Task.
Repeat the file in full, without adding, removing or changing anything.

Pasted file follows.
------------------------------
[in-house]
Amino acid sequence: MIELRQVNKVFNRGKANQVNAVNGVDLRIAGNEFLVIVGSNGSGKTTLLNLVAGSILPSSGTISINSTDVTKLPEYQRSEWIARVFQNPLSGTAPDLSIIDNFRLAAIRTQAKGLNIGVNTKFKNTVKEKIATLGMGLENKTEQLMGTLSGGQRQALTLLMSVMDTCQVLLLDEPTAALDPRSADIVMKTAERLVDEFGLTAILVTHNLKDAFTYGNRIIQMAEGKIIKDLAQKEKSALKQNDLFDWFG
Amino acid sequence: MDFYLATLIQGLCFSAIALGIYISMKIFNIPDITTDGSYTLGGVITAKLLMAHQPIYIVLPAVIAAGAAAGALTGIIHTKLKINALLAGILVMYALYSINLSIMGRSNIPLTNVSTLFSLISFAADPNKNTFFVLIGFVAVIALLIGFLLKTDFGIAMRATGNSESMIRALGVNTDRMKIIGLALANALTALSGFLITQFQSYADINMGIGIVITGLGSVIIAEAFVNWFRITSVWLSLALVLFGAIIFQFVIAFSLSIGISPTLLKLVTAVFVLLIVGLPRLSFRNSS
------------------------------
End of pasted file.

[in-house]
Amino acid sequence: MIELRQVNKVFNRGKANQVNAVNGVDLRIAGNEFLVIVGSNGSGKTTLLNLVAGSILPSSGTISINSTDVTKLPEYQRSEWIARVFQNPLSGTAPDLSIIDNFRLAAIRTQAKGLNIGVNTKFKNTVKEKIATLGMGLENKTEQLMGTLSGGQRQALTLLMSVMDTCQVLLLDEPTAALDPRSADIVMKTAERLVDEFGLTAILVTHNLKDAFTYGNRIIQMAEGKIIKDLAQKEKSALKQNDLFDWFG
Amino acid sequence: MDFYLATLIQGLCFSAIALGIYISMKIFNIPDITTDGSYTLGGVITAKLLMAHQPIYIVLPAVIAAGAAAGALTGIIHTKLKINALLAGILVMYALYSINLSIMGRSNIPLTNVSTLFSLISFAADPNKNTFFVLIGFVAVIALLIGFLLKTDFGIAMRATGNSESMIRALGVNTDRMKIIGLALANALTALSGFLITQFQSYADINMGIGIVITGLGSVIIAEAFVNWFRITSVWLSLALVLFGAIIFQFVIAFSLSIGISPTLLKLVTAVFVLLIVGLPRLSFRNSS